SuSE Linux 9.1 Springs from 2.6 Kernel

 
 
By Peter Galli  |  Posted 2004-03-18 Email Print this article Print
 
 
 
 
 
 
 

SuSE Linux 9.1, due in May, the forthcoming personal and professional distributions will support the new features found in the Linux 2.6 kernel.

SuSE Linux, now part of Novell Inc., on Thursday will announce that its SuSE Linux 9.1 personal and professional editions will be available in early May. The company says these are also the first complete commercial Linux distributions to support the recently released Linux 2.6 kernel. The update is also the first Linux distribution from the company since SuSE Linux AG and Ximian Inc. were acquired by Novell last year. This update is technically a point release, which are usually fairly minor upgrades. However, Charlie Ungershick, director of product management for the SuSE Linux business unit in Waltham, Mass., told eWEEK that this update is far more significant than a customary point release.
"We are pretty excited about it because there are many significant things in it. We also believe this will be the first really portable retail Linux box that supports the Linux 2.6 kernel, which we have been testing and back porting for a long time," he said.
"We have had no issues with the 2.6 kernel, which has been incredibly stable. In fact, SuSE Linux 9.0 even came with a test version of the 2.6 kernel," he told eWEEK in an interview. At the recent LinuxWorld New York show, IT executives said Version 2.6 of the Linux kernel could help drive enterprise acceptance of the open-source OS. Click here to read the story. The improvements and enhancements brought to this distribution by Version 2.6 of the kernel depend on the kind of applications users want, Ungershick said. "If you are looking to run a server, say a database or Apache Web server for your personal use, you will notice an immediate performance change over a comparably configured box or even the same hardware."
"The way 2.6 handles memory allocation and does the tasking, those type of server-based applications typically run anywhere between three and five times faster than on the prior kernel. So significant performance tuning and enhancement is evident for those kind of applications," he added. For users of the desktop, Ungershick said there are also improvements in the way the operating system can now perform multithreading and multitasking. He said users will see a far more fluid experience for applications such as multimedia and other graphics-intensive tasks. SuSE Linux 9.1 Personal will be targeted at novice users, curious about the OS, and consist of a pair of CDs, one of which is a "LiveCD" that will let a user boot up and run everything from the disk. The CD will automatically configure the users machine, and load all of the appropriate drivers and even files so the user can get to all of his existing data without modifying the existing installation, he said. "The nice thing about this is that new users will be able to experience Linux without having to commit to changing any of the machines configuration. They wont actually have to install it on their machines. "If they are happy with what they see, they can use the second CD, and the installation will take care of partitioning the Windows partition and allowing the user to build new files right next to Windows," Ungershick said. The price, at $29.99—$10 less than SuSE Linux 9.0 when that shipped—will be very competitive for first-time Linux users or those wanting to move away from Windows, he said. Next Page: The Professional Flavor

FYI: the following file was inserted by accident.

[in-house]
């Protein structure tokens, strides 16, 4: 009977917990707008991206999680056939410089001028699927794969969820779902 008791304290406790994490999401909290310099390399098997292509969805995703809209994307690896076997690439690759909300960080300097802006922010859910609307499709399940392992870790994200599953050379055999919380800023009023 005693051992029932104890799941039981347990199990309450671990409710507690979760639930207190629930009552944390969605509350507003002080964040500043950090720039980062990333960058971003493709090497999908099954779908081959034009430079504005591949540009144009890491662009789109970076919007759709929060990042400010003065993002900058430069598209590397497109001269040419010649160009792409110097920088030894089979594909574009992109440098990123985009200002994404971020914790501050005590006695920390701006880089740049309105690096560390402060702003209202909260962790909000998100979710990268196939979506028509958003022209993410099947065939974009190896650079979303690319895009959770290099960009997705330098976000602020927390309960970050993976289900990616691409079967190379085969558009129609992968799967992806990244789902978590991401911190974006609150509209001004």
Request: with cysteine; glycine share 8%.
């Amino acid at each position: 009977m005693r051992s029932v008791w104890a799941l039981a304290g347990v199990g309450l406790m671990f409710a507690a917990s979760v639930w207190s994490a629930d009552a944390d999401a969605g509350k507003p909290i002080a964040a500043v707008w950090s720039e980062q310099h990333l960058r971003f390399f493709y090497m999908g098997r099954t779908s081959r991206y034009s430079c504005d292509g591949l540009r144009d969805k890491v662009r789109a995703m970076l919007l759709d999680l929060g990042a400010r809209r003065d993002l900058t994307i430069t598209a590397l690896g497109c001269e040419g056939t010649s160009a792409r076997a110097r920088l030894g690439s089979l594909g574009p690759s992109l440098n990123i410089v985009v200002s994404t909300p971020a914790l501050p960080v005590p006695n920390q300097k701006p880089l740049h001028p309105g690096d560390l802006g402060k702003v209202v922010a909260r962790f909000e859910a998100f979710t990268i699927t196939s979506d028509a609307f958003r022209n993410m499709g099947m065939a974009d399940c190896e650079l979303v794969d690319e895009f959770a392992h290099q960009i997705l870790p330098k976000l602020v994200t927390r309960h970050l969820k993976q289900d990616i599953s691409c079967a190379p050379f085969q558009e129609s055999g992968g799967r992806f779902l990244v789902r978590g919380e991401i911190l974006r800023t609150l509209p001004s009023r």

Peter Galli has been a financial/technology reporter for 12 years at leading publications in South Africa, the UK and the US. He has been Investment Editor of South Africa's Business Day Newspaper, the sister publication of the Financial Times of London.

He was also Group Financial Communications Manager for First National Bank, the second largest banking group in South Africa before moving on to become Executive News Editor of Business Report, the largest daily financial newspaper in South Africa, owned by the global Independent Newspapers group.

He was responsible for a national reporting team of 20 based in four bureaus. He also edited and contributed to its weekly technology page, and launched a financial and technology radio service supplying daily news bulletins to the national broadcaster, the South African Broadcasting Corporation, which were then distributed to some 50 radio stations across the country.

He was then transferred to San Francisco as Business Report's U.S. Correspondent to cover Silicon Valley, trade and finance between the US, Europe and emerging markets like South Africa. After serving that role for more than two years, he joined eWeek as a Senior Editor, covering software platforms in August 2000.

He has comprehensively covered Microsoft and its Windows and .Net platforms, as well as the many legal challenges it has faced. He has also focused on Sun Microsystems and its Solaris operating environment, Java and Unix offerings. He covers developments in the open source community, particularly around the Linux kernel and the effects it will have on the enterprise.

He has written extensively about new products for the Linux and Unix platforms, the development of open standards and critically looked at the potential Linux has to offer an alternative operating system and platform to Windows, .Net and Unix-based solutions like Solaris.

His interviews with senior industry executives include Microsoft CEO Steve Ballmer, Linus Torvalds, the original developer of the Linux operating system, Sun CEO Scot McNealy, and Bill Zeitler, a senior vice president at IBM.

For numerous examples of his writing you can search under his name at the eWEEK Website at www.eweek.com.

 
 
 
 
 
 
 

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